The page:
Eastern Equine Encephalitis Virus
Eastern equine encephalitis virus (EEEV) is an arthropod-borne virus (arbovirus) that is primarily transmitted in Indiana by mosquitoes in the genus Coquillettidia. People infected with EEEV can develop severe inflammation in the brain. Only a few cases of EEEV disease are reported in the United States each year. Most occur in eastern or Gulf Coast states.
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Eastern equine encephalitis virus. Centers for Disease Control and Prevention.
EEEV can be transmitted in Indiana by mosquitoes in the genus Coquillettidia, but some members of the genus Aedes may also play a role in transmission to humans and animals. These mosquitoes become infected when they feed on infected wild birds. Infected mosquitoes can then spread EEEV to people, horses, and other mammals. Once infected, people and other mammals are “dead-end hosts,” which means that they do not pass the virus on to other biting mosquitoes.
Signs and symptoms of EEEV disease usually appear within 4 – 10 days of a bite from an infected mosquito. EEEV infection can result in one of two types of illness, systemic or encephalitic (involving swelling of the brain). It is possible that some people who become infected with EEEV may not develop any symptoms.
Symptoms of systemic EEEV infection appear abruptly and include chills, fever, body aches, and joint pain. People with systemic EEEV infection are usually sick for 1 to 2 weeks and recover completely if the infection does not spread to the central nervous system. In some older children and adults, systemic EEEV infection can progress to encephalitis (inflammation of the brain). In infants, encephalitis can happen abruptly.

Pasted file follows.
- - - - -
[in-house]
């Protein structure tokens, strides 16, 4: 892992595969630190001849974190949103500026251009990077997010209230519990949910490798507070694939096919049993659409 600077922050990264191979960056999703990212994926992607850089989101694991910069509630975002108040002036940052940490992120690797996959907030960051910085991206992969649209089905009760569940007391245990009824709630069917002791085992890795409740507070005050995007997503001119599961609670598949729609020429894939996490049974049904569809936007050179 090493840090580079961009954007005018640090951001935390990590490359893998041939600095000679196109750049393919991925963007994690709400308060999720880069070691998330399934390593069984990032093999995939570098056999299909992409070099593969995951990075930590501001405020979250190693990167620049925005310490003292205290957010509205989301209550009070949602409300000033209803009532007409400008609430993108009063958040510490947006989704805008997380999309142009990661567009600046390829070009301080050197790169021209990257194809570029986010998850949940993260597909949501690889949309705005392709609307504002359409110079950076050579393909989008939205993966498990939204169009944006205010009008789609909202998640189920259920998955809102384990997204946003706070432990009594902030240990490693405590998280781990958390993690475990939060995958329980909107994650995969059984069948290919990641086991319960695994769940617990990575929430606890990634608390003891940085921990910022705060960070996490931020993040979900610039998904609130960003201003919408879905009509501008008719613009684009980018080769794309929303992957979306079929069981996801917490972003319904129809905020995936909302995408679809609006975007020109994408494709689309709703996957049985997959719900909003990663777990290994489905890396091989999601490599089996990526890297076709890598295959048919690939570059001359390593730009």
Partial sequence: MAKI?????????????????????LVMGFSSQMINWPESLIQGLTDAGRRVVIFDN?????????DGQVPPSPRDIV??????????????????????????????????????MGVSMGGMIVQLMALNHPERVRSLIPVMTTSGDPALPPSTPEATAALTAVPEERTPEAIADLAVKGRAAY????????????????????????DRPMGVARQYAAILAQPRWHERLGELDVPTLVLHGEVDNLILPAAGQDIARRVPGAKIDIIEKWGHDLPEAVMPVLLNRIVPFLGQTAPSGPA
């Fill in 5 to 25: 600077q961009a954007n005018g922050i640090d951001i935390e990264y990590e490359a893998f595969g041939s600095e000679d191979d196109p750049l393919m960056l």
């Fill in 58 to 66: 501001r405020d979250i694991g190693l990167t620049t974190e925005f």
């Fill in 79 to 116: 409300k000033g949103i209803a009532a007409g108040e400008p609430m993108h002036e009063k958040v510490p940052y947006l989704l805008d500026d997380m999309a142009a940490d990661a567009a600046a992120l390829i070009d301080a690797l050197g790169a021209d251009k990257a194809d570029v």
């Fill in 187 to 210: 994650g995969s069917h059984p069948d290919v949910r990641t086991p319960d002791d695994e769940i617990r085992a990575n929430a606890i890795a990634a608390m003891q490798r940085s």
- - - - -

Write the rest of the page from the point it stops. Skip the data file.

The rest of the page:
Approximately one third of all cases of encephalitis due to EEEV are fatal. Many people who recover will experience severe ongoing complications. People who are younger than 15 years and older than 50 years are at the greatest risk of severe disease if infected with EEE virus.
Diagnosis of EEEV disease is based on the patient’s signs and symptoms and appropriate laboratory testing. If you think you have EEEV disease, contact your healthcare provider.
No specific medication is available to treat EEEV disease. People with severe illness usually require hospitalization, supportive care, and/or rehabilitation.
The best way to prevent EEEV disease is to avoid mosquito bites. See our mosquito prevention page for more information.
For more information about Eastern Equine encephalitis virus, visit the CDC EEEV webpage.
While equine cases are occasionally detected, human EEEV disease is rare in Indiana. No cases were reported from 2013–2017. For more information, please visit:
For maps showing recent EEEV infections in people, horses, and mosquitoes, click here.
National statistics for EEEV disease can be found at the CDC EEEV Statistics and Maps webpage.
For EEEV disease diagnosis, treatment, and testing information, click here.
Page Last Updated: February 20, 2020
Page Last Reviewed: July 22, 2019